The orange backpacking tent Pete and I occupied stood out like an oversized California poppy in a sea of Army green. It was pitched on the outskirts of the “SWAMP.” Why? The “SWAMP” was authentic; right down to the cookery and campfire tinder.

    Look at the tipsiest tent to the right, propped with a stick! A rudimentary shelter when first used during the Civil War. No end flaps for several iterations in design. Condensation collecting on the inside was unheard of; the wind whistled through.  

    Pup tents: Haven for troops on the move since the 1860s.

    The MVCC Swap Meet has moved a few times in recent years; Plymouth proved a first-rate host venue with rave reviews.

    One of my favorite things about this show was the variety of vehicles. I’ll flavor it for you with a few of my photos:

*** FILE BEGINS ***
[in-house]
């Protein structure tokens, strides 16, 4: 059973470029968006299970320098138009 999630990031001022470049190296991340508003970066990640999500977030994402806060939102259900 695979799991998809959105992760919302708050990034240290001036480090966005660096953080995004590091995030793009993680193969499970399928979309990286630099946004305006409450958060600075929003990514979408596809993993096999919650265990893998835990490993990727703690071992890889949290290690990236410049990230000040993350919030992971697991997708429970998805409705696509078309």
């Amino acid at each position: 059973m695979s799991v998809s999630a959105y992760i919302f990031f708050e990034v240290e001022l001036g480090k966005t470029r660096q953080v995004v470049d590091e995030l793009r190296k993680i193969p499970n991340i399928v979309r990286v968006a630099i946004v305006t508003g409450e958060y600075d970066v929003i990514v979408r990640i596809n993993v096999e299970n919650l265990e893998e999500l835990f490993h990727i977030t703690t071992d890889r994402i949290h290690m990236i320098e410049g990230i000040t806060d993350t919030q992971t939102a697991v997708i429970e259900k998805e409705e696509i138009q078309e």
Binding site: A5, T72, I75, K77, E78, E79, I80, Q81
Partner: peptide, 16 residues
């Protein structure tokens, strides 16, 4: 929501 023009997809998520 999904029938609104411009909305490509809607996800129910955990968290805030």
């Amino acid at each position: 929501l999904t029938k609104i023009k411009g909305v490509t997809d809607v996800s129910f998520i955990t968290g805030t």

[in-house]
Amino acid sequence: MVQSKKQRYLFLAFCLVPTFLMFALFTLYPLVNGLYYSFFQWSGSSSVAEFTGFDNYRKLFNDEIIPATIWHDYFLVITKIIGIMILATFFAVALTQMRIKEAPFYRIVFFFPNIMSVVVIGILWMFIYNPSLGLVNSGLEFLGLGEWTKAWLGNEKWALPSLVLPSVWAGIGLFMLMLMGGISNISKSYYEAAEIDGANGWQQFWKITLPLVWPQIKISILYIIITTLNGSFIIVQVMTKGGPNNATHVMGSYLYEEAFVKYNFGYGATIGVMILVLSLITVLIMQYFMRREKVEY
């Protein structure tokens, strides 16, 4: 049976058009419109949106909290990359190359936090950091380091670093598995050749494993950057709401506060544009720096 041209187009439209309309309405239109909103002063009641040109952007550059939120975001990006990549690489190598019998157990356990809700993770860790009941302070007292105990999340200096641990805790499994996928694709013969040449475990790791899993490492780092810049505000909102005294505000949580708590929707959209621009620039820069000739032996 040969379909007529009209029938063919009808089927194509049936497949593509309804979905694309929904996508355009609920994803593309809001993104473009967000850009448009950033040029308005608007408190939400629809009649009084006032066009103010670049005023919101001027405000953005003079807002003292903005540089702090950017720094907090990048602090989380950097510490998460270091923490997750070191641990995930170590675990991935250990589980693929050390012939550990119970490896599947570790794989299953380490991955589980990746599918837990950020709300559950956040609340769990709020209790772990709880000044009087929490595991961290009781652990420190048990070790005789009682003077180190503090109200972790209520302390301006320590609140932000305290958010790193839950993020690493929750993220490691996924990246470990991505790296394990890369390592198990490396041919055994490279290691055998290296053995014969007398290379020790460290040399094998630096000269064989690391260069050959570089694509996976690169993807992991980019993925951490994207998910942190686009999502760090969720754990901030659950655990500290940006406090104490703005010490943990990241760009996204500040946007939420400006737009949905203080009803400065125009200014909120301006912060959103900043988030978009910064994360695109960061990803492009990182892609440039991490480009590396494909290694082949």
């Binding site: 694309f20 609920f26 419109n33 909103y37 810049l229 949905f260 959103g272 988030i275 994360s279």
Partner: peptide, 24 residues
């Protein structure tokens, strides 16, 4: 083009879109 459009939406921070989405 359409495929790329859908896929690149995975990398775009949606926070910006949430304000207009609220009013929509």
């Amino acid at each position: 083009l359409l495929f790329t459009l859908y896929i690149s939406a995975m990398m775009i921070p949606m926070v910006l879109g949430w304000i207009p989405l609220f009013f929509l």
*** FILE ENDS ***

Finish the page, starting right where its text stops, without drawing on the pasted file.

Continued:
Eligible contestants round up for “Jeep Judging.” Reward for excellence in military preservation and restoration.
    Yes, Sir! Authority goes wherever this baby roams.
    Apparatus in the capable hands of “Fire Fighters in Fatigues.” Soldiers who staffed the Army Engineer’s Fire-Fighting platoons.
    Everyone gave this attention- grabbing bomb carrier a wide berth as it made several passes through camp.

    What are my personal takeaways from attendance at my first Military Vehicle Preservation Association swap meet?  

    A Dodge 3/4-ton ambulance built for front line and field action.

    If it makes your heart sing to watch authentic WWII rolling stock in a Memorial Day or Fourth of July parade, these are the people to thank. I’ve witnessed first-hand (in my own garage) the time, effort and expense committed to a labor of love. Countless hours researching and seeking out “correct” parts; some “parted out” from a too-far-gone metal heap found on a farm. It’s a messy business, pounding, grinding, welding, painting, polishing; they operate in a no-excuse zone to get it right.